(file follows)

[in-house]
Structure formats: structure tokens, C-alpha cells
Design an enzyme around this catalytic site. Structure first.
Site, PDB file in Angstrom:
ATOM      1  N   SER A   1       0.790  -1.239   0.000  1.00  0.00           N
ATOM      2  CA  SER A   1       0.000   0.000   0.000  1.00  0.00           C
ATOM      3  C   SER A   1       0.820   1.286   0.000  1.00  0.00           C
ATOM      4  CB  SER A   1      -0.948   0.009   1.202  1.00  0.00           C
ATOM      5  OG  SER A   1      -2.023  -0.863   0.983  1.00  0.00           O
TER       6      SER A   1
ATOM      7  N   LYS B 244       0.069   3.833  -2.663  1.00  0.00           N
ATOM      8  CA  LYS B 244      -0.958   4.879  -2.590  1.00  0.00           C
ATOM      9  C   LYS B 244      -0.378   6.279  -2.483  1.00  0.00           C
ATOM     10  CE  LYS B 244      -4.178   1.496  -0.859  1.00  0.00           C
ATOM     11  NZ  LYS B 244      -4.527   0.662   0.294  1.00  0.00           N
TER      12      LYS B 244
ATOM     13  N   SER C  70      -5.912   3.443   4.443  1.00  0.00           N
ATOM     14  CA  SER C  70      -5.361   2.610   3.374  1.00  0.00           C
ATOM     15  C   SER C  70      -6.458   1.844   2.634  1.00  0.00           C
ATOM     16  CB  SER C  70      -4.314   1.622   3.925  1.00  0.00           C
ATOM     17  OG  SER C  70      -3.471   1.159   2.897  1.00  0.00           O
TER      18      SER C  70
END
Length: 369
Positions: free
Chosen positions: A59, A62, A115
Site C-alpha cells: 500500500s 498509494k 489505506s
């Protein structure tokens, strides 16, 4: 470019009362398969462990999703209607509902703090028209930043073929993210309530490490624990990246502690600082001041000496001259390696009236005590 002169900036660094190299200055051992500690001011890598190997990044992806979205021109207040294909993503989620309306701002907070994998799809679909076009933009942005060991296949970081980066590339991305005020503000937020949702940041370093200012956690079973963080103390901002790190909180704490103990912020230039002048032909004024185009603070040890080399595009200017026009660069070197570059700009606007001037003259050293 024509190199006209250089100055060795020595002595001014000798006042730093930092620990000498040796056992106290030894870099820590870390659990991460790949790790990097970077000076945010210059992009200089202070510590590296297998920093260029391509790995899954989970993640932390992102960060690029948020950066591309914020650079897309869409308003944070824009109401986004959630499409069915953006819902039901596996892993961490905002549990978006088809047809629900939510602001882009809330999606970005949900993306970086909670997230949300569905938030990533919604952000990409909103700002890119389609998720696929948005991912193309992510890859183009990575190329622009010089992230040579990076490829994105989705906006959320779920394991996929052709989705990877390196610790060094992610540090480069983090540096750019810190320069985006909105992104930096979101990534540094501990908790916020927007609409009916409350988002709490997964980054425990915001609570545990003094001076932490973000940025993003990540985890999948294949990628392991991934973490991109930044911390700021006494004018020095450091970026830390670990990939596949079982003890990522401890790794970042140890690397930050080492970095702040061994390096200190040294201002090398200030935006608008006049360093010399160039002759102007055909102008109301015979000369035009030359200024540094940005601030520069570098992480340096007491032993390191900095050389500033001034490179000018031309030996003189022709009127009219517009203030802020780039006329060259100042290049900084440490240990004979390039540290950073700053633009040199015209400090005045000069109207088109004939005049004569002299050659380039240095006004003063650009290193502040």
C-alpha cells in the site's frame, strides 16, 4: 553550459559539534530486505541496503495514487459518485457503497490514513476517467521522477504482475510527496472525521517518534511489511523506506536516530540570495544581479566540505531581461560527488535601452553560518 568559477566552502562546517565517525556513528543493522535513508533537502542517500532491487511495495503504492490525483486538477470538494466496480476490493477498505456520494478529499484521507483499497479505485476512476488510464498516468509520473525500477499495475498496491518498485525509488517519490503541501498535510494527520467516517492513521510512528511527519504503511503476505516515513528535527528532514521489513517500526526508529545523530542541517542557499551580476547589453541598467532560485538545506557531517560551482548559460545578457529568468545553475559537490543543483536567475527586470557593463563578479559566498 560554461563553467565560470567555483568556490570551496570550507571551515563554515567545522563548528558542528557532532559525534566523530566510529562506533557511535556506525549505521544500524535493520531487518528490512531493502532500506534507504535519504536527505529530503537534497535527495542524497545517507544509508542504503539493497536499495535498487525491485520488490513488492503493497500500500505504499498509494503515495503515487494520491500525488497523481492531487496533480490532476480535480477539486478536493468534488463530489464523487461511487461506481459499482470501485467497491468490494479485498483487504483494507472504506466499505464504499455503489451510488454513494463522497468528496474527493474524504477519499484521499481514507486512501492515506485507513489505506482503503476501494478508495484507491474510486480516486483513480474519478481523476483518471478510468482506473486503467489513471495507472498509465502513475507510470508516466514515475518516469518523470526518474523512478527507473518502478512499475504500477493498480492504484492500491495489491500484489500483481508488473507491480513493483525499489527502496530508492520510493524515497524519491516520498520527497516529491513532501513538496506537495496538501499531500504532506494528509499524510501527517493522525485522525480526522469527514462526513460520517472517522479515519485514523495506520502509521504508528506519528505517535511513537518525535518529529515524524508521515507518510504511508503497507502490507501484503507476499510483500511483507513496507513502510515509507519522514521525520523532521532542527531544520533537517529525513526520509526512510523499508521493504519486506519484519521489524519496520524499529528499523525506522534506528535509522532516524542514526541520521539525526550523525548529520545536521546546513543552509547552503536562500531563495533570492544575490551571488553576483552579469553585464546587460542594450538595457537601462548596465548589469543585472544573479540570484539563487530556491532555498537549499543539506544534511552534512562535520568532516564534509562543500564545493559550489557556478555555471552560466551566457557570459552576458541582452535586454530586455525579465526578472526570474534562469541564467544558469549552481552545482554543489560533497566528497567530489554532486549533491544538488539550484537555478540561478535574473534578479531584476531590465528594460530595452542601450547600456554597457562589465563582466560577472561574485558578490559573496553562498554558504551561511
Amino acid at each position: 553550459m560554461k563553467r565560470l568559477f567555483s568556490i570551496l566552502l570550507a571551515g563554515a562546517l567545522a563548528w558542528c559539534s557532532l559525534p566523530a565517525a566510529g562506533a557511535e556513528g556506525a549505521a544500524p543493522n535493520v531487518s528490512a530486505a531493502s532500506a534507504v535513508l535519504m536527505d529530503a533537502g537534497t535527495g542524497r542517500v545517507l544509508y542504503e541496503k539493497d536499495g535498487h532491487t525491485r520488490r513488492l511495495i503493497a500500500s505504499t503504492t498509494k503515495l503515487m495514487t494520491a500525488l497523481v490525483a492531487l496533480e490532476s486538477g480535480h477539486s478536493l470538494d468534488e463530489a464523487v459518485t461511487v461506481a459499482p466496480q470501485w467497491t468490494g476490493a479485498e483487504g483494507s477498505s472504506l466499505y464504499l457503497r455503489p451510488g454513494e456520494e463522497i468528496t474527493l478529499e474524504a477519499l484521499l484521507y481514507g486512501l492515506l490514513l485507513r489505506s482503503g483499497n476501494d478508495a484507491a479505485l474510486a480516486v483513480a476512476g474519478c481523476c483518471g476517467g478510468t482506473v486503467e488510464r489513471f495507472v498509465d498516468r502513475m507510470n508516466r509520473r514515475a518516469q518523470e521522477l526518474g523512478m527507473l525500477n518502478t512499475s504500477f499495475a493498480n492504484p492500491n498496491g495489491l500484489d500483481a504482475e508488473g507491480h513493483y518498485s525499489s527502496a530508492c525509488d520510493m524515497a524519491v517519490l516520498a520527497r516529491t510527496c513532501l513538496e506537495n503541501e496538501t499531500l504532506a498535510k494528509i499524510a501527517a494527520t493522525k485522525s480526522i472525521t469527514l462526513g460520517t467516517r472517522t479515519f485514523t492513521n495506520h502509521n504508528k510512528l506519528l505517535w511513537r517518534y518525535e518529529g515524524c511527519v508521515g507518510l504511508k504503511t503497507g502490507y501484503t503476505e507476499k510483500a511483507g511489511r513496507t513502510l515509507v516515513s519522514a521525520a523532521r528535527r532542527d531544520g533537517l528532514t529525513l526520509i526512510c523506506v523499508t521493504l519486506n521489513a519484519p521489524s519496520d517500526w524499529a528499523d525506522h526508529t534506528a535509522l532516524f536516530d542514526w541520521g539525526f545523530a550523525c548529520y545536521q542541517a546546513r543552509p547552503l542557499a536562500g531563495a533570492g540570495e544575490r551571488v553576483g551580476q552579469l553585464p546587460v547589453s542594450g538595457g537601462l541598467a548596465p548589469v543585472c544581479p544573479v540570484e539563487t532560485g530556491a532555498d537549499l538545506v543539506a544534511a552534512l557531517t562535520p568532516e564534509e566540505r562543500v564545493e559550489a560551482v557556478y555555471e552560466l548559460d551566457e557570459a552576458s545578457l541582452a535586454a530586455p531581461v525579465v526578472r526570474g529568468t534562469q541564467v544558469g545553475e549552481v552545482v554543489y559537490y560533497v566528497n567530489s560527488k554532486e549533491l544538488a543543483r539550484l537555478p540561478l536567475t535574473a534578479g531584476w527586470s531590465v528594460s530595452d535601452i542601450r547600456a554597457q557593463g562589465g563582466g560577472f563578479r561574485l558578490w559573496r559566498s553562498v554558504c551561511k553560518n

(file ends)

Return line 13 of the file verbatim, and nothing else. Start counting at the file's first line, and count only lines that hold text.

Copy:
ATOM      9  C   LYS B 244      -0.378   6.279  -2.483  1.00  0.00           C